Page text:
Piezo in canister lid / hex nut vs epoxy

Leto

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Jan 7, 2023
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Netherlands
Hi guys/girls,

I also posted this at scubaboard.com but I'm not getting any replies so I hope you can help me out.

I got my hands on a nice acrylic lid (25mm / 1 inch thick) for a scuba canister. Currently there is a regular mechanical toggle switch installed which I want to replace with a more durable APEM piezo switch (IP69) (PBAR1AF2000). I hope you can help with a few questions.

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Can I simply increase the existing (12mm / ½ inch) hole to 16 mm, drop in the piezo switch with the oring and then tighten it using the supplied hex nut? The hole itself is not threaded, it's just hex nut holding everything in place. An alternative would be skip the hex nut and the oring and just use JB weld on the bottom of the piezo switch and its threads and drop it in the hole.

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2. Do I need to use any epoxy or Sikaflex to decrease the chances of a leak or is the oring with the tightened hex nut (some Loctite maybe?) good enough?

3. The piezo is a lot smaller than the regular switch. Do I need to fill the empty rectangle space with some sort of epoxy / Sikaflex to increase the strength of the lid and provide a second barrier to water entry?

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Thanks for your time!
 

sween1911

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Welcome to CPF!

Electrically, it sounds like it would work. However if you're going to actually take it scuba diving, that's a whole science as to what waterproofing works at what depth, so don't take my word for it. Gun to my head, I'd make sure the existing o-rings were in place and silicone lubed, but that's a flashlight guy talking, not a diver. If the original configuration worked and you're replacing components that keep the integrity of the original setup, you might be okay, but again I'm not a diver so take that with a grain of salt. I'd keep the hex nut and always give yourself a way to disassemble and clean and/or reconfigure the switch as needed.

I have a very slight passing knowledge of diving, but where does a thick plastic cover go on a scuba cannister (I'm assuming you use the word cannister to mean the air tank)? Is it a housing for a light? What's electrical on a scuba cannister that requires a switch?

Good luck! Let us know how you make out!
 
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DIWdiver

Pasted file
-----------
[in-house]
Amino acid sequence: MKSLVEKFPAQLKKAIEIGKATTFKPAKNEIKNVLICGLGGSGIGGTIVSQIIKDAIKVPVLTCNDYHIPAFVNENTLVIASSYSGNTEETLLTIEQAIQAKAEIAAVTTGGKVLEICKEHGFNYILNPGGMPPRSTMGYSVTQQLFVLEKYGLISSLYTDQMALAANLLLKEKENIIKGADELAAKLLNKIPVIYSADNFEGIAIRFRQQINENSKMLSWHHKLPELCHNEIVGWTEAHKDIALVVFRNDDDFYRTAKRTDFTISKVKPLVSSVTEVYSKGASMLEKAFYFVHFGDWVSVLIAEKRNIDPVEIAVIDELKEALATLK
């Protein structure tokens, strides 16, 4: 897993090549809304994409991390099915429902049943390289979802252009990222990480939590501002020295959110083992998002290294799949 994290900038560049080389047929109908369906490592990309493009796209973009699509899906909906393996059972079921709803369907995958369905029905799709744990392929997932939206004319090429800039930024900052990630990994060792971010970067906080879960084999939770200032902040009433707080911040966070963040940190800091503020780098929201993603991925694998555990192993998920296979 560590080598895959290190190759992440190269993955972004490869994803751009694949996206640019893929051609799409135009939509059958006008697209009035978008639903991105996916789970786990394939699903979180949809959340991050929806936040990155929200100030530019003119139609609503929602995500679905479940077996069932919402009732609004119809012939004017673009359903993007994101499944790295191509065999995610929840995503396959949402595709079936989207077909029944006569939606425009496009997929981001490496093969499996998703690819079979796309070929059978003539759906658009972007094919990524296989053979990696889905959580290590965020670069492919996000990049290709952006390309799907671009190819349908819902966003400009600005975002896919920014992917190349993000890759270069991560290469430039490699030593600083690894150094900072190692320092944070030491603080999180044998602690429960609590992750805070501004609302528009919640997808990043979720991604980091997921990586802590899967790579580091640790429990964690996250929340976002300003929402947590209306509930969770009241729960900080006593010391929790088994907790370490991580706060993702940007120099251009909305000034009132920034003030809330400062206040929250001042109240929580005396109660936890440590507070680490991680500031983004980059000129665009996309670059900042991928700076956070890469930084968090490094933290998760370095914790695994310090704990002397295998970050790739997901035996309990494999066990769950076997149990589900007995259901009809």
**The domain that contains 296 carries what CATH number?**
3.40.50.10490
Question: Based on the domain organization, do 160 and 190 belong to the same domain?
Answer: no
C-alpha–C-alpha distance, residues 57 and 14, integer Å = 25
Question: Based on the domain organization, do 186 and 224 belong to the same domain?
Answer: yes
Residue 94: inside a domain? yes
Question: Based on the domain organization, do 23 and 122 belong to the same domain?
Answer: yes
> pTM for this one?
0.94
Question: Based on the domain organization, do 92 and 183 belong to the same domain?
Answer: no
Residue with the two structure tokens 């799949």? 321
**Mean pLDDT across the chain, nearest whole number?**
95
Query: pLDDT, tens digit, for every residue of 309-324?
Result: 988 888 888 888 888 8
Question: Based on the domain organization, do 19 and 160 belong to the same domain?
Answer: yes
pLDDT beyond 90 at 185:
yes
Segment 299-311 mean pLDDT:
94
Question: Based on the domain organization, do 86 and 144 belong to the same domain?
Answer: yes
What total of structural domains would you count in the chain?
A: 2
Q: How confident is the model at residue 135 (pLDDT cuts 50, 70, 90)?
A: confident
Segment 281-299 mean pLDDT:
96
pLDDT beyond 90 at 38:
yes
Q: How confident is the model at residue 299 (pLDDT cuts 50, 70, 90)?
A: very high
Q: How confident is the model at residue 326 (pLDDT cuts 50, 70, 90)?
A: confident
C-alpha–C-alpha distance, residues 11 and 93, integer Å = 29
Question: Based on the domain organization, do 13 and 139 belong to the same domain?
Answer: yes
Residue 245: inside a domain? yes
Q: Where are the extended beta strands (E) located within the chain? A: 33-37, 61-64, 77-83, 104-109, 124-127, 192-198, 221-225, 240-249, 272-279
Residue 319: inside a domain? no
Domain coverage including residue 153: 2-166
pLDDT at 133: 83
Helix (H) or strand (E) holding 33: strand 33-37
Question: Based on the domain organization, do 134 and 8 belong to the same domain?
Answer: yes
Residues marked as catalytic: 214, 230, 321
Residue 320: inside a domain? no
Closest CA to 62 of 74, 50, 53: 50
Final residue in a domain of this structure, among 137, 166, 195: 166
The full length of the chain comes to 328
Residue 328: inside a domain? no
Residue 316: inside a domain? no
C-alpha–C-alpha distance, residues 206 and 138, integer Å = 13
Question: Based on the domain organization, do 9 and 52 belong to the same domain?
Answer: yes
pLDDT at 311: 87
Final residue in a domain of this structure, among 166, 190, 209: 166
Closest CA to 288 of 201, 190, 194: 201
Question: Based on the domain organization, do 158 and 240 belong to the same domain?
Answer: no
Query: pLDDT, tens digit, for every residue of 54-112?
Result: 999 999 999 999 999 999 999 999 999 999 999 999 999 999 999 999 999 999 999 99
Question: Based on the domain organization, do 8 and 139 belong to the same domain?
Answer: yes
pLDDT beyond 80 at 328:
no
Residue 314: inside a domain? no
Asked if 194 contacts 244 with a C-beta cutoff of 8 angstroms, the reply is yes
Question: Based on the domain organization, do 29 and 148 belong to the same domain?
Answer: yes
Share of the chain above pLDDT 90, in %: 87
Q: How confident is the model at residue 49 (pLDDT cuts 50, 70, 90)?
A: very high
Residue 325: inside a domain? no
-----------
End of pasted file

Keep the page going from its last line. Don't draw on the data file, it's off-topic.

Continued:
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Jan 27, 2010
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Connecticut, USA
@sween1911 - OP is referring to a 'canister light'. This is a configuration of flashlight that has a small light head separated from the battery canister by a length of cable. It's popular with divers who want a big battery but don't want to hold it in their hand. The battery can is typically attached to whatever sort of backpack the diver is wearing.

@Leto - You haven't mentioned the size of the can. The thickness requirement of a flat round plate to resist uniform pressure is proportional to the pressure requirement and the square of the diameter it spans. But unless you are looking at a huge can or extreme depth, 1" should be more than enough.

For spanning the small hole where the switch is mounted, 5mm should be plenty for recreational diving. If you are looking at extreme depths, some calculations could be in order. I can help with that if needed. I wouldn't bother to fill the hole unless going to extremes. And something soft like Sikaflex would be useless. Only something of comparable stiffness to the acrylic could be helpful in that respect. I have no idea id JB-weld would fit that bill or not.

O-rings tend to seal better with increasing pressure, until they reach a failure point. As a diver, you definitely are not going to take an O-ring anywhere near a pressure that would cause failure. It's my semi-expert opinion that most leaks in dive equipment occur shallow, not deep, or for reasons that have nothing to do with depth/pressure (e.g. debris in the seal). I would rather trust a well-designed and well-maintained O-ring seal than an epoxy seal between unlike materials on a substantially large component subjected to both thermal and mechanical stress, especially if it were not expertly designed and tested.

So I say learn a bit about O-rings and depend on that seal. That has the added benefit of being able to modify, maintain, or repair the unit as needed. I haven't looked recently, but Apple Rubber has had awesome educational materials for O-rings.

A little Locktite to keep the nut tight, yeah!
 
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